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The Youngest Butcher in Illinois by Robert Ostrom
Cover Art: Dan Estabrook, Cover & Interior Design: KMA Sullivan
Paperback, 128 pages, 5.5" X 8"
September 2012, ISBN 978-1-936919-09-3


On our backs in pine
needles with dirty feet and
whale pleasures I swear
endlessly inside; with
affection with one of
God’s hairs; mandate
brazen. To choose the
color of the bikeshed.
Who stands outside
hears rummaging within.
Impermanence pedals
around a child. How much
colder can it get and still
sway and purse and touch.

The Youngest Butcher in Illinois by Robert Ostrom

SKU: 0000013
  • About The Youngest Butcher in Illinois

    Finalist, Norma Farber First Book Award, Poetry Society of America


    Here is some sorcery; not necessarily explicable. Here is the invisible; Robert Ostrom traffics in it.


    —Lucy Brock-Broido


    Shuttling between verse and prose, Ostrom weaves something timeless, excavating family histories, raising an edifice out in rural nowhere, half abattoir, half asylum, whose occupants might have stepped out of a scratched and battered tintype—whale oil burning in the backs of their skulls.


    —Timothy Liu, Coldfront


    With language that is by turns spare and lush, in lyrics broken by moments of prose, Robert Ostrom makes maps of ancestral charms by which to navigate the modern landscape. The Youngest Butcher in Illinois is a world unto itself, populated with fathers, children, grandparents, mothers, and lovers, all intrinsically entwined with their environments and presided over by the voice of the poet.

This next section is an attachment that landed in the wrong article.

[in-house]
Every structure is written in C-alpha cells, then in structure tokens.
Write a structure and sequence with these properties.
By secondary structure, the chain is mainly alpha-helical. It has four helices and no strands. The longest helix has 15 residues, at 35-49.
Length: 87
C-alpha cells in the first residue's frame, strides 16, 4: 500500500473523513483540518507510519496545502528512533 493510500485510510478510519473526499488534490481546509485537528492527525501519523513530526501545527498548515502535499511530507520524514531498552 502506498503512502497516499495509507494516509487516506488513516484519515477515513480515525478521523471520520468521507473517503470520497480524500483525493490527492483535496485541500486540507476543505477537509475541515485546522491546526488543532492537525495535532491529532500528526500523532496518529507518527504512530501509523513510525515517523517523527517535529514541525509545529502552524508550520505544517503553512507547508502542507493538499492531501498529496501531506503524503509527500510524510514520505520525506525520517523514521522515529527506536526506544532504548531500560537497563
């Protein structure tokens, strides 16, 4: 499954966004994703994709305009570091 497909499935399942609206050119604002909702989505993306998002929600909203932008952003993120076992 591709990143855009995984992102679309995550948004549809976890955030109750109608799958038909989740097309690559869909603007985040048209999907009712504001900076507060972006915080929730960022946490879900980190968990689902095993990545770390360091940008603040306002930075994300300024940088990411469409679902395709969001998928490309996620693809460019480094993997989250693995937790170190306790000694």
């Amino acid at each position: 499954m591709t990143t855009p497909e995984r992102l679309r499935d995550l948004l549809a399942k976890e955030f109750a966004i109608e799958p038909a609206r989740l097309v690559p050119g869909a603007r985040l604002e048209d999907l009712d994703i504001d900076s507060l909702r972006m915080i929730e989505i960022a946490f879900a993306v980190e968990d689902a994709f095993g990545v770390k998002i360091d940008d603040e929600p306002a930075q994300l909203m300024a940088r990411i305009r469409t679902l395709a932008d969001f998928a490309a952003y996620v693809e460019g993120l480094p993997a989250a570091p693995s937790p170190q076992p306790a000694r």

• About Robert Ostrom

    Robert Ostrom is from Jamestown, New York. He is the author of two books, Ritual and Bit (Saturnalia Books 2016) and The Youngest Butcher in Illinois (YesYes Books 2012) and three chapbooks, Cross the Bridge Quietly (Phantom Books), To Show the Living (The New York Center for Book Arts) and Nether and Qualms (Projective Industries). He lives in Queens and teaches at New York City College of Technology and Columbia University.

  • Reviews

    Review by Chris Emslie at Coldfront

    Review by Jeffrey Allen at The Southeast Review

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